Michael B. Duff

Lubbock's answer to a question no one asked

Why I like Keith Gessen

You remember how things ended during every 80’s sitcom? When Dad and the kids would sit around at the end of the show and recap what they’ve learned?

It’s time for one of those.

Yesterday I tried to make a lame inside joke in Keith Gessen’s blog, referencing Alex Balk and Choire Sicha. Alex, Keith and Choire are three of my favorite writers, and I love them all for different reasons.

Choire is an outstanding journalist, in the big-J sense of that word: get the story, nail down quotes and throw in some snark to make it 2.0.

Keith writes an utterly sincere literary mag called N+1. Keith is a Writer, in the big-W sense of that word — devoted to digging up intensely personal, emotional material and wrapping it up in a bow of universal truth.

Balk is a Blogger, dishing out everything in quick bites, serving up sharp, funny bits of gossip in micro-paragraph chunks.

I expect credit for these labels, by the way, when somebody finally makes a tarot deck based on Internet celebs.

I made a joke in Keith’s blog yesterday, based on the assumption that these three men were friends, recently reconciled after a series of blog feuds. Turns out the term “reconciled” was a bit optimistic.

I’m not particularly interested in the details of that feud. VGI sums it up here, if you care.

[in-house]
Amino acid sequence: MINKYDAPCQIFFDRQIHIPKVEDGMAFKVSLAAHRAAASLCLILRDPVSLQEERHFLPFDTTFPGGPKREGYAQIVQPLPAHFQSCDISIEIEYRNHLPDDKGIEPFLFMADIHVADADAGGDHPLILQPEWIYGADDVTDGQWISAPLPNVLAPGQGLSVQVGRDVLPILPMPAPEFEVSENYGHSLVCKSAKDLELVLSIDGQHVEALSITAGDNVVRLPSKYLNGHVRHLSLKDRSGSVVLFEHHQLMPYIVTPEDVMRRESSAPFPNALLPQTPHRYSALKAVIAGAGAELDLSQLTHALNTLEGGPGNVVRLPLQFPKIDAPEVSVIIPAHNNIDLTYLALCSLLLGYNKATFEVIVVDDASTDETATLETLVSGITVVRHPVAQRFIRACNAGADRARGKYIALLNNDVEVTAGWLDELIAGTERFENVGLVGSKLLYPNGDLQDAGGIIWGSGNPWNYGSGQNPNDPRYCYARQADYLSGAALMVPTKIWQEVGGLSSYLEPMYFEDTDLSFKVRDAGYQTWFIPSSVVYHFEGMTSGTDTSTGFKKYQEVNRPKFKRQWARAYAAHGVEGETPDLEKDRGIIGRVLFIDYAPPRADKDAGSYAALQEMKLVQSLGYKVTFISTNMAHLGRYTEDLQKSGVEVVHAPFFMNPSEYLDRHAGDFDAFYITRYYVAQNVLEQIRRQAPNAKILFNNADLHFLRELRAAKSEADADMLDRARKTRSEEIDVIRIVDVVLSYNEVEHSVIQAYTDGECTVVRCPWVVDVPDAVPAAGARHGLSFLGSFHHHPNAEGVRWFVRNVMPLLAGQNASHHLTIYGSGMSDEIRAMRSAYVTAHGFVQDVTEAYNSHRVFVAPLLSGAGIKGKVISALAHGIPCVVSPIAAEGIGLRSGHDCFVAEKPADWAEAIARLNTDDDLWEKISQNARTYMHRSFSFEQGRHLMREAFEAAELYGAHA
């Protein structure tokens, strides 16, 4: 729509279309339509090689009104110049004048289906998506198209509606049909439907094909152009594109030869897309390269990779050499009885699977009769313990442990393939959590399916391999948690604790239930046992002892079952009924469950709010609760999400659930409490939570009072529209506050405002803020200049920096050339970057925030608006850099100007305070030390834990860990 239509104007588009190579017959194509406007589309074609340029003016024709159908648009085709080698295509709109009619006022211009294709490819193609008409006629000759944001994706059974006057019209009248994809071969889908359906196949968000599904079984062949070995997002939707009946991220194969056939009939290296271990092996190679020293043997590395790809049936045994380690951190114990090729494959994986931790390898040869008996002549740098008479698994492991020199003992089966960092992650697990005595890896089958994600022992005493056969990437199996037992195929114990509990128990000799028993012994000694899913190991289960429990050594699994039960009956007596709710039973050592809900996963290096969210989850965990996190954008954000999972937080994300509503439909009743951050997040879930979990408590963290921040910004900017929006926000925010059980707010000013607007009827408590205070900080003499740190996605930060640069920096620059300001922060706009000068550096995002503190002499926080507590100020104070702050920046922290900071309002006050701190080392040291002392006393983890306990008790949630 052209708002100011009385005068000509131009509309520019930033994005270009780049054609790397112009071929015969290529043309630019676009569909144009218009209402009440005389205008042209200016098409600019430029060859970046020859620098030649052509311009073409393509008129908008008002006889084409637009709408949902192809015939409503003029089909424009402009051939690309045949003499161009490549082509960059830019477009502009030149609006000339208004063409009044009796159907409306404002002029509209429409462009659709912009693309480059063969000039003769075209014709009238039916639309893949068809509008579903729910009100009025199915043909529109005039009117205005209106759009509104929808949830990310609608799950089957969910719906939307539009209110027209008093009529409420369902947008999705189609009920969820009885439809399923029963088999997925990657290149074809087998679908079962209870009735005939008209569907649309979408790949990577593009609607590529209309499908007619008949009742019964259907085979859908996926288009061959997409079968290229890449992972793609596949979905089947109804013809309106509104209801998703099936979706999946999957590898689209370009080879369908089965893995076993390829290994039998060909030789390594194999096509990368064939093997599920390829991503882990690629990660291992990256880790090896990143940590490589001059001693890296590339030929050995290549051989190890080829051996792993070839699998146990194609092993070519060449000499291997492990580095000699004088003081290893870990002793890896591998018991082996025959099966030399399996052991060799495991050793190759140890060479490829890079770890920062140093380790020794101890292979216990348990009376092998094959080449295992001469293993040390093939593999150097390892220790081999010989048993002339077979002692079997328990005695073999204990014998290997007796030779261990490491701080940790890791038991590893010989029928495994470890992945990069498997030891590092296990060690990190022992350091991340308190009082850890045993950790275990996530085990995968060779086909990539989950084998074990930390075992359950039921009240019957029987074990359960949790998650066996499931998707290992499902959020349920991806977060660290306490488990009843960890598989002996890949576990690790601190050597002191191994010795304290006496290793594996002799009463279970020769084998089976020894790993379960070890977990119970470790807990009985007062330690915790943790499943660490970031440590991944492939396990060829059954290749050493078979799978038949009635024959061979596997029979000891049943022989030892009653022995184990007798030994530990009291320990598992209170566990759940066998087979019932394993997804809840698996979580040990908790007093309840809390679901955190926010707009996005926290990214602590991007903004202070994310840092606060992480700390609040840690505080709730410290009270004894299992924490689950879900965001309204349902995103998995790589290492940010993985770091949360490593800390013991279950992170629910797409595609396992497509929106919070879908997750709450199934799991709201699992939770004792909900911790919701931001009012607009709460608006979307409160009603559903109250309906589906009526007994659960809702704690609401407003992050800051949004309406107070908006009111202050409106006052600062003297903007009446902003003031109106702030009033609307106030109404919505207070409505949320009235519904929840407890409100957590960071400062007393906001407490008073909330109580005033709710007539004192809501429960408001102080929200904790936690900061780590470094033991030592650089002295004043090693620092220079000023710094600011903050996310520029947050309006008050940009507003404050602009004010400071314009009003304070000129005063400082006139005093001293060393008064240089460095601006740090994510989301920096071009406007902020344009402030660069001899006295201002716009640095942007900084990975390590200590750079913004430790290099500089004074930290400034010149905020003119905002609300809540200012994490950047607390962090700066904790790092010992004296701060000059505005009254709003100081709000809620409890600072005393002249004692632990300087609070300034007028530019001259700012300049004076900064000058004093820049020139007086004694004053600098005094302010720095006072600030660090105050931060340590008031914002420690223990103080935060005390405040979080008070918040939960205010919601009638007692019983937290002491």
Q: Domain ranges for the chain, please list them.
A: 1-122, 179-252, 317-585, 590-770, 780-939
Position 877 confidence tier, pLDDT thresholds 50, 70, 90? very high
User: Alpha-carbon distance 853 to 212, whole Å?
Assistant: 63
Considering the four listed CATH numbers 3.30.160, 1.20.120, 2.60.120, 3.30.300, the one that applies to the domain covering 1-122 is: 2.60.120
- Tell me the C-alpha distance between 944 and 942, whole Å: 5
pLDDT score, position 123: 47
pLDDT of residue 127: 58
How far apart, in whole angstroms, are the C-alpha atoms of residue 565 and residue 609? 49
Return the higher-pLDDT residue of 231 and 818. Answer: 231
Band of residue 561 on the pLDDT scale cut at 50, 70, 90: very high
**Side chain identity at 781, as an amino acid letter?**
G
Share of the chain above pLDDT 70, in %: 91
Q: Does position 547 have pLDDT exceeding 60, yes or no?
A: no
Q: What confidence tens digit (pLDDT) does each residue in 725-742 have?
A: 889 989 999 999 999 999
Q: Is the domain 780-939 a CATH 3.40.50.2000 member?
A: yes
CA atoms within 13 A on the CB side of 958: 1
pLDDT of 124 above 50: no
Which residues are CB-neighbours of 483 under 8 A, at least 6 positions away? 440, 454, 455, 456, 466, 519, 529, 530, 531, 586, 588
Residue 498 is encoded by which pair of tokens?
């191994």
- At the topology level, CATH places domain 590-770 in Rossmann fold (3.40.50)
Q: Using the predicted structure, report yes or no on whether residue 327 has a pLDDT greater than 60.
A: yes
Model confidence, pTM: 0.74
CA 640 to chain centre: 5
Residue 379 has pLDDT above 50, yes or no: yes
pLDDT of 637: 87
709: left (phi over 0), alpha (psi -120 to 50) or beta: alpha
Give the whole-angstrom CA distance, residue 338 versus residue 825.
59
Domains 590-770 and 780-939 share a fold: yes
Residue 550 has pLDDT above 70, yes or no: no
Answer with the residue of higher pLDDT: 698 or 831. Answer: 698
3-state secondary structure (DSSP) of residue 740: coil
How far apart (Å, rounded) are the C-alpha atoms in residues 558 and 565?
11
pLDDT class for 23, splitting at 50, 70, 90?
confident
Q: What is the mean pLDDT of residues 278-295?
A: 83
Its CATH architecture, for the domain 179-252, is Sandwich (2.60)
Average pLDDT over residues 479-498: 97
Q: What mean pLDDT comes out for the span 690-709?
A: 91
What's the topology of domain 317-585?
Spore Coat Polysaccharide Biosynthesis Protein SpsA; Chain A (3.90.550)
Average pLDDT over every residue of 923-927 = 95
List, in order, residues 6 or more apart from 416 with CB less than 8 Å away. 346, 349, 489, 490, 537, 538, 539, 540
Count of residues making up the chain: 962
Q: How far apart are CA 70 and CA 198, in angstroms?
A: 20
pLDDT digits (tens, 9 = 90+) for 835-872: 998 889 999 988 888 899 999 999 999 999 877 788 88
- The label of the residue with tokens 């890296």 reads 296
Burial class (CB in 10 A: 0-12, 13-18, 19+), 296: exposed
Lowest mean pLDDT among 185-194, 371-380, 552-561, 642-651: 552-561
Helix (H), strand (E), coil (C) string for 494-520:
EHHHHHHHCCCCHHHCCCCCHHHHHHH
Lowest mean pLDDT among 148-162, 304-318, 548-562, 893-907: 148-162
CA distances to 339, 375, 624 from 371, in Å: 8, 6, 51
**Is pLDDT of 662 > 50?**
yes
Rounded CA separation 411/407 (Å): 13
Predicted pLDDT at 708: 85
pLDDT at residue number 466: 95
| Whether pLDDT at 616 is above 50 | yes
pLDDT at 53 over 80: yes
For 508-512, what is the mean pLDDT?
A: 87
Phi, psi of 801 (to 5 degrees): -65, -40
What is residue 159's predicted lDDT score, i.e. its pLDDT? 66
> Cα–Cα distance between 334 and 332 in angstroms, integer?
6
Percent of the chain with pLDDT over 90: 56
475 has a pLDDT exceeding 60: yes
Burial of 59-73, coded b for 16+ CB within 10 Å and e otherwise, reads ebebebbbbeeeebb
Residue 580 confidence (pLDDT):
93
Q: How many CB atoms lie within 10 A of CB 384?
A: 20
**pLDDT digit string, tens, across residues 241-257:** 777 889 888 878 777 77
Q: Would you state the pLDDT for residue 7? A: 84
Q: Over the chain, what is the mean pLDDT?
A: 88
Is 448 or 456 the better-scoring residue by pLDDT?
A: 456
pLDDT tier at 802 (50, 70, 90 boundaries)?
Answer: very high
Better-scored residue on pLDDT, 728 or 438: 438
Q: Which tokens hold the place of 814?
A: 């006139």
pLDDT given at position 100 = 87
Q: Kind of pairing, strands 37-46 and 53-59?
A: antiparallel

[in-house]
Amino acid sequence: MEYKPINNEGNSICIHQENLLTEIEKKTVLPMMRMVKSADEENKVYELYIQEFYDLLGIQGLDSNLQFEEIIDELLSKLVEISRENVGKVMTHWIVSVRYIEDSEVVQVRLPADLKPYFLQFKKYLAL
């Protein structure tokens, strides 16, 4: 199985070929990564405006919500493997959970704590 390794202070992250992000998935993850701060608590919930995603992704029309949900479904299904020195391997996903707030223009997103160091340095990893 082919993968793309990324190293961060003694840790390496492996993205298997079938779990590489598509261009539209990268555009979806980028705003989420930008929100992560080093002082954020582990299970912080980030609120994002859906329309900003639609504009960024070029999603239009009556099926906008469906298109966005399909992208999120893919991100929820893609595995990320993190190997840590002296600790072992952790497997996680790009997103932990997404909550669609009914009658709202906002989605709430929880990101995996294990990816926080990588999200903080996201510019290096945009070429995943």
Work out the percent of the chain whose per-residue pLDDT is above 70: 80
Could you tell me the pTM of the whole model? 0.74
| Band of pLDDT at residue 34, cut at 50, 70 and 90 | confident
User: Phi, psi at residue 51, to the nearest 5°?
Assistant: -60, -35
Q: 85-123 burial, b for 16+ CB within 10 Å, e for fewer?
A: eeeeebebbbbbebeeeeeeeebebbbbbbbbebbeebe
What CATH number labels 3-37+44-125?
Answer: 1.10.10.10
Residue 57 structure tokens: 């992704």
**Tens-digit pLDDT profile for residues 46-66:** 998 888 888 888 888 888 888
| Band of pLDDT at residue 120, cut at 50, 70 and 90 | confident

A lot of people in the blogosphere hate Keith because he doesn’t play by the same rules that everyone else is using. I have a tremendous amount of sympathy for him because I know exactly what he’s doing wrong and exactly where it’s coming from.

Keith is the only character in this little drama who refuses to act like a character. Everybody else gets it. Even Emily Gould gets it. She may despise being a character in an Internet soap opera, but she’s adapted to the reality of it and moderates her writing appropriately.

Keith either doesn’t know or doesn’t care. He may be actively rebelling against the whole thing, making himself even more sincere and vulnerable on purpose. I feel for him because I’ve been this guy.

He knows his statements will be parsed like legal documents and thrown up for ridicule but keeps on writing, pitching big, slow softballs that critics can hit out of the park. He’s starting to look like Kevin Klee’s character in “Idiocracy” — constantly setting himself up to be kicked in the crotch in front of a sadistic audience.

You want to swoop in and save him. “Keith, please don’t stand in front of the pitching machine with your legs open.” But Keith is a Writer, slave to his own narrative conventions. He’s staked out a place for himself as The Last Real Person on the Internet, to the point where giving it up would probably kill him.

I don’t want to portray Gessen as some kind of innocent flower here. He’s posted all kinds of things that are worthy of ridicule, but he’s posting in a voice that makes it easy to attack him. He calls his critics out by name, penning long, sincere screeds about celebrity, elitism and the corrosive effects of Internet gossip.

Ultimately, this boils down to a difference between people and personas. After a while, popular bloggers build up a kind of defensive shell around their real personalities; armor to protect themselves against casual attacks.